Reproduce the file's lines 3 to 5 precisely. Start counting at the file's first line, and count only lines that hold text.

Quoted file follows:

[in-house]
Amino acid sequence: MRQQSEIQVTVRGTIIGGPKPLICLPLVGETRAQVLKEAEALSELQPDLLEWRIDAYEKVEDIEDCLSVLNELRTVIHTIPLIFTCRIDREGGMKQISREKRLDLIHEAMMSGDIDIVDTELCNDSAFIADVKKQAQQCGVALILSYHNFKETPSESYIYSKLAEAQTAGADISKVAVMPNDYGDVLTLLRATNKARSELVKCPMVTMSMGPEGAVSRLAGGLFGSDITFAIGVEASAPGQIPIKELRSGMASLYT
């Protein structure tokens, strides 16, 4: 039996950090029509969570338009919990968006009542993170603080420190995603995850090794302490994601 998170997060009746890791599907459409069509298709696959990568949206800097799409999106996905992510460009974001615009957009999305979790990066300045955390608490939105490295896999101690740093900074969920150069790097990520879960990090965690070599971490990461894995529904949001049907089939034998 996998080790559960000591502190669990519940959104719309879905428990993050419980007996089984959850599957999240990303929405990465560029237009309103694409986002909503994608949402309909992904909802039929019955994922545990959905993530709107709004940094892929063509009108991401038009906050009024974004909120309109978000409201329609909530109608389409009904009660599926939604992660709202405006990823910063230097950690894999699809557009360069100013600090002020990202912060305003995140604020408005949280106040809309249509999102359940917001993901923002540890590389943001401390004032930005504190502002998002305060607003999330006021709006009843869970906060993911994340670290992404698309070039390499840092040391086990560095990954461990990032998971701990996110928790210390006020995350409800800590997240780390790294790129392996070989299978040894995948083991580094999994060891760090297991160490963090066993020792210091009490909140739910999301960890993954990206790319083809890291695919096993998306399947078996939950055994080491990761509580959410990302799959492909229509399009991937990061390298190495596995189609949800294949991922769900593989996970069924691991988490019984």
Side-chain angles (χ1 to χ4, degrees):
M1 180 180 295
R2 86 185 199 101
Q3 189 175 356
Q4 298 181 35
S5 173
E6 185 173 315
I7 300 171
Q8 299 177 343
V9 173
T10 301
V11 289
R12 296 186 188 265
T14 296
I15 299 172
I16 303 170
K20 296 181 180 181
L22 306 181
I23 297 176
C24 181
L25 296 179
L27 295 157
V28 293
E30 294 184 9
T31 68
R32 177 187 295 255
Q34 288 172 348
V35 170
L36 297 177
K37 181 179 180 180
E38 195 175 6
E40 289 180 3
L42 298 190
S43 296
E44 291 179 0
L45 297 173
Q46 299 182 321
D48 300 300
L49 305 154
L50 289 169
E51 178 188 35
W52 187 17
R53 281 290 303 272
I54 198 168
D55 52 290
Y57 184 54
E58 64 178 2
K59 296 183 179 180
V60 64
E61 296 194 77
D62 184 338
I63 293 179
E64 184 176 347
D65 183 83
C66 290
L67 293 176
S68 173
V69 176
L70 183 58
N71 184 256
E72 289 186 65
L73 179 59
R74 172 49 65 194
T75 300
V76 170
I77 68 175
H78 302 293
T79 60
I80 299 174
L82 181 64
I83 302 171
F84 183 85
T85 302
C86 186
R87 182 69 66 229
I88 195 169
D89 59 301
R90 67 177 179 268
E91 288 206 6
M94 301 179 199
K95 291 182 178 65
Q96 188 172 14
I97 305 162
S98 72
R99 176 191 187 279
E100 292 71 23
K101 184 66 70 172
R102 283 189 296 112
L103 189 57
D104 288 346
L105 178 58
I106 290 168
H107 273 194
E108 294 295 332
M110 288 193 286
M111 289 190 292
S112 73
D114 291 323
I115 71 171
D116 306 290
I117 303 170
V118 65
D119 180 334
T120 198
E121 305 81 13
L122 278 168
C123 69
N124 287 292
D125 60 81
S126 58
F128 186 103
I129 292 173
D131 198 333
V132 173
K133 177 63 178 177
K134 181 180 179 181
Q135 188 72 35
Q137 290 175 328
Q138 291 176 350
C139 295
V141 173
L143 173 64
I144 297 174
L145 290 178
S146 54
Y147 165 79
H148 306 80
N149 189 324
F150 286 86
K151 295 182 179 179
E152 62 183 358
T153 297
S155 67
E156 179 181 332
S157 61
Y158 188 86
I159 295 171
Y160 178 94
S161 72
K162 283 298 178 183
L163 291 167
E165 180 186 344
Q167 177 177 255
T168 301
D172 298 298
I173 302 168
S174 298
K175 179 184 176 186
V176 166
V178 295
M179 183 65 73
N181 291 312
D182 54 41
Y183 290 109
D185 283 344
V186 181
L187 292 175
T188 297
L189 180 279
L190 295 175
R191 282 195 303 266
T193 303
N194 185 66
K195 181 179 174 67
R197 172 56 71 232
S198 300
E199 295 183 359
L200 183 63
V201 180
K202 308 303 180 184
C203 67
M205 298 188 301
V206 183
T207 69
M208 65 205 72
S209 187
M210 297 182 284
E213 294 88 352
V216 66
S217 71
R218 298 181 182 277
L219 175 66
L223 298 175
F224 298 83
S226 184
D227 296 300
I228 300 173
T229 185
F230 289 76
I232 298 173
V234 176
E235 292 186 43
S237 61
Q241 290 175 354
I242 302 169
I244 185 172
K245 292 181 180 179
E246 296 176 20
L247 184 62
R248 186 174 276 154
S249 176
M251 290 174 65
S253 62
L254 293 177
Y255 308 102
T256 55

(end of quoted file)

């Protein structure tokens, strides 16, 4: 039996950090029509969570338009919990968006009542993170603080420190995603995850090794302490994601 998170997060009746890791599907459409069509298709696959990568949206800097799409999106996905992510460009974001615009957009999305979790990066300045955390608490939105490295896999101690740093900074969920150069790097990520879960990090965690070599971490990461894995529904949001049907089939034998 996998080790559960000591502190669990519940959104719309879905428990993050419980007996089984959850599957999240990303929405990465560029237009309103694409986002909503994608949402309909992904909802039929019955994922545990959905993530709107709004940094892929063509009108991401038009906050009024974004909120309109978000409201329609909530109608389409009904009660599926939604992660709202405006990823910063230097950690894999699809557009360069100013600090002020990202912060305003995140604020408005949280106040809309249509999102359940917001993901923002540890590389943001401390004032930005504190502002998002305060607003999330006021709006009843869970906060993911994340670290992404698309070039390499840092040391086990560095990954461990990032998971701990996110928790210390006020995350409800800590997240780390790294790129392996070989299978040894995948083991580094999994060891760090297991160490963090066993020792210091009490909140739910999301960890993954990206790319083809890291695919096993998306399947078996939950055994080491990761509580959410990302799959492909229509399009991937990061390298190495596995189609949800294949991922769900593989996970069924691991988490019984």
Side-chain angles (χ1 to χ4, degrees):
M1 180 180 295